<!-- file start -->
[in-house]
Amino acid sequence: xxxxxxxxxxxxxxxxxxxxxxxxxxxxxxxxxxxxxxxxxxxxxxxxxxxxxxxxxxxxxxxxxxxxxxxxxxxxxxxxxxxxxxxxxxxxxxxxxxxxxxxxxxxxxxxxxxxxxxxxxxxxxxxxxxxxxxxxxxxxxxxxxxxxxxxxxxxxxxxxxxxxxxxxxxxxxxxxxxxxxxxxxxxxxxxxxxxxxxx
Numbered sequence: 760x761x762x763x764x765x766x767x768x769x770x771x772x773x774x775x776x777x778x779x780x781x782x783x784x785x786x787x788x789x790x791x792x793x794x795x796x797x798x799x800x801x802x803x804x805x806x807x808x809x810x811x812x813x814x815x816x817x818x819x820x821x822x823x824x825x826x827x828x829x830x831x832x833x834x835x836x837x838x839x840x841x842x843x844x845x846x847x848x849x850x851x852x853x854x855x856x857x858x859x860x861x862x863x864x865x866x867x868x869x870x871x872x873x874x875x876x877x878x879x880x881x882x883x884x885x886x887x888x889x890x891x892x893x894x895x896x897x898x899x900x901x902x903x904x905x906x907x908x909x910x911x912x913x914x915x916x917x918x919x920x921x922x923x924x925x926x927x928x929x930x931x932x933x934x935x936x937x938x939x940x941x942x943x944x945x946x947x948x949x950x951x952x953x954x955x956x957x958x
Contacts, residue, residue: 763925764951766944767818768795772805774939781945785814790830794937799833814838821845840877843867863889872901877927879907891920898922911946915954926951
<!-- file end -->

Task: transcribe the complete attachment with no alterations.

[in-house]
Amino acid sequence: xxxxxxxxxxxxxxxxxxxxxxxxxxxxxxxxxxxxxxxxxxxxxxxxxxxxxxxxxxxxxxxxxxxxxxxxxxxxxxxxxxxxxxxxxxxxxxxxxxxxxxxxxxxxxxxxxxxxxxxxxxxxxxxxxxxxxxxxxxxxxxxxxxxxxxxxxxxxxxxxxxxxxxxxxxxxxxxxxxxxxxxxxxxxxxxxxxxxxxx
Numbered sequence: 760x761x762x763x764x765x766x767x768x769x770x771x772x773x774x775x776x777x778x779x780x781x782x783x784x785x786x787x788x789x790x791x792x793x794x795x796x797x798x799x800x801x802x803x804x805x806x807x808x809x810x811x812x813x814x815x816x817x818x819x820x821x822x823x824x825x826x827x828x829x830x831x832x833x834x835x836x837x838x839x840x841x842x843x844x845x846x847x848x849x850x851x852x853x854x855x856x857x858x859x860x861x862x863x864x865x866x867x868x869x870x871x872x873x874x875x876x877x878x879x880x881x882x883x884x885x886x887x888x889x890x891x892x893x894x895x896x897x898x899x900x901x902x903x904x905x906x907x908x909x910x911x912x913x914x915x916x917x918x919x920x921x922x923x924x925x926x927x928x929x930x931x932x933x934x935x936x937x938x939x940x941x942x943x944x945x946x947x948x949x950x951x952x953x954x955x956x957x958x
Contacts, residue, residue: 763925764951766944767818768795772805774939781945785814790830794937799833814838821845840877843867863889872901877927879907891920898922911946915954926951